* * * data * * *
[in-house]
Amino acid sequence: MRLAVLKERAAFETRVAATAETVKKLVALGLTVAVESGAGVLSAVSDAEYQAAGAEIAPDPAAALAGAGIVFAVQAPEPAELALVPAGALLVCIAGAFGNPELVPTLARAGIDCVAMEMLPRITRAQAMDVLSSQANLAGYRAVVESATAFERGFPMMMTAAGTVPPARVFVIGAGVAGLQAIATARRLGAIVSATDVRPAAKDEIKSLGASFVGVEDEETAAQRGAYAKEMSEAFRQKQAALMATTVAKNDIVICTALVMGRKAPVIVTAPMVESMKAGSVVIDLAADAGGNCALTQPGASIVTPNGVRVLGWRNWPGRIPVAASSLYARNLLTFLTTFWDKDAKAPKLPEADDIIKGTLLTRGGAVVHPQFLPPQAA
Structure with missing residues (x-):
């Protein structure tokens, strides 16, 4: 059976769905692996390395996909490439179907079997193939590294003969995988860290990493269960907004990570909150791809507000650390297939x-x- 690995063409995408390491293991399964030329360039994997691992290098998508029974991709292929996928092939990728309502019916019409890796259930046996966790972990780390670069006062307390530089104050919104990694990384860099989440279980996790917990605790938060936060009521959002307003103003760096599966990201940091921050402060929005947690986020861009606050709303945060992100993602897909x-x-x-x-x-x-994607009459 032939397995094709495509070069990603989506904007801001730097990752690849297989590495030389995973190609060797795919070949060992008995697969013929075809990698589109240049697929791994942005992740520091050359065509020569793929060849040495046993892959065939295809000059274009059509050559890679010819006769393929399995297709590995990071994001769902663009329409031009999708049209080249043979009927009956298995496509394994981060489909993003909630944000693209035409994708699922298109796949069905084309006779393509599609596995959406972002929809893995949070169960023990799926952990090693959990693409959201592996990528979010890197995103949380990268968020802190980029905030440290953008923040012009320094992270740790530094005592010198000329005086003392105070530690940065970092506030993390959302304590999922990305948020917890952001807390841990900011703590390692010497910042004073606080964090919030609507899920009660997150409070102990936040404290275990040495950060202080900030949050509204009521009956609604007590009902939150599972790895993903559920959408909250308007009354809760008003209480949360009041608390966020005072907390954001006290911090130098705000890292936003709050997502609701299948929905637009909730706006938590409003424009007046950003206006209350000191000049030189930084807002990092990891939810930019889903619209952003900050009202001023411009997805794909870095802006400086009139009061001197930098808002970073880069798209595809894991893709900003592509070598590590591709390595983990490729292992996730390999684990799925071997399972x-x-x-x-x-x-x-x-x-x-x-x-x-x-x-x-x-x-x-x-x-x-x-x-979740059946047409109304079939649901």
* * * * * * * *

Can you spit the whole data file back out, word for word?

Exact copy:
[in-house]
Amino acid sequence: MRLAVLKERAAFETRVAATAETVKKLVALGLTVAVESGAGVLSAVSDAEYQAAGAEIAPDPAAALAGAGIVFAVQAPEPAELALVPAGALLVCIAGAFGNPELVPTLARAGIDCVAMEMLPRITRAQAMDVLSSQANLAGYRAVVESATAFERGFPMMMTAAGTVPPARVFVIGAGVAGLQAIATARRLGAIVSATDVRPAAKDEIKSLGASFVGVEDEETAAQRGAYAKEMSEAFRQKQAALMATTVAKNDIVICTALVMGRKAPVIVTAPMVESMKAGSVVIDLAADAGGNCALTQPGASIVTPNGVRVLGWRNWPGRIPVAASSLYARNLLTFLTTFWDKDAKAPKLPEADDIIKGTLLTRGGAVVHPQFLPPQAA
Structure with missing residues (x-):
């Protein structure tokens, strides 16, 4: 059976769905692996390395996909490439179907079997193939590294003969995988860290990493269960907004990570909150791809507000650390297939x-x- 690995063409995408390491293991399964030329360039994997691992290098998508029974991709292929996928092939990728309502019916019409890796259930046996966790972990780390670069006062307390530089104050919104990694990384860099989440279980996790917990605790938060936060009521959002307003103003760096599966990201940091921050402060929005947690986020861009606050709303945060992100993602897909x-x-x-x-x-x-994607009459 032939397995094709495509070069990603989506904007801001730097990752690849297989590495030389995973190609060797795919070949060992008995697969013929075809990698589109240049697929791994942005992740520091050359065509020569793929060849040495046993892959065939295809000059274009059509050559890679010819006769393929399995297709590995990071994001769902663009329409031009999708049209080249043979009927009956298995496509394994981060489909993003909630944000693209035409994708699922298109796949069905084309006779393509599609596995959406972002929809893995949070169960023990799926952990090693959990693409959201592996990528979010890197995103949380990268968020802190980029905030440290953008923040012009320094992270740790530094005592010198000329005086003392105070530690940065970092506030993390959302304590999922990305948020917890952001807390841990900011703590390692010497910042004073606080964090919030609507899920009660997150409070102990936040404290275990040495950060202080900030949050509204009521009956609604007590009902939150599972790895993903559920959408909250308007009354809760008003209480949360009041608390966020005072907390954001006290911090130098705000890292936003709050997502609701299948929905637009909730706006938590409003424009007046950003206006209350000191000049030189930084807002990092990891939810930019889903619209952003900050009202001023411009997805794909870095802006400086009139009061001197930098808002970073880069798209595809894991893709900003592509070598590590591709390595983990490729292992996730390999684990799925071997399972x-x-x-x-x-x-x-x-x-x-x-x-x-x-x-x-x-x-x-x-x-x-x-x-979740059946047409109304079939649901």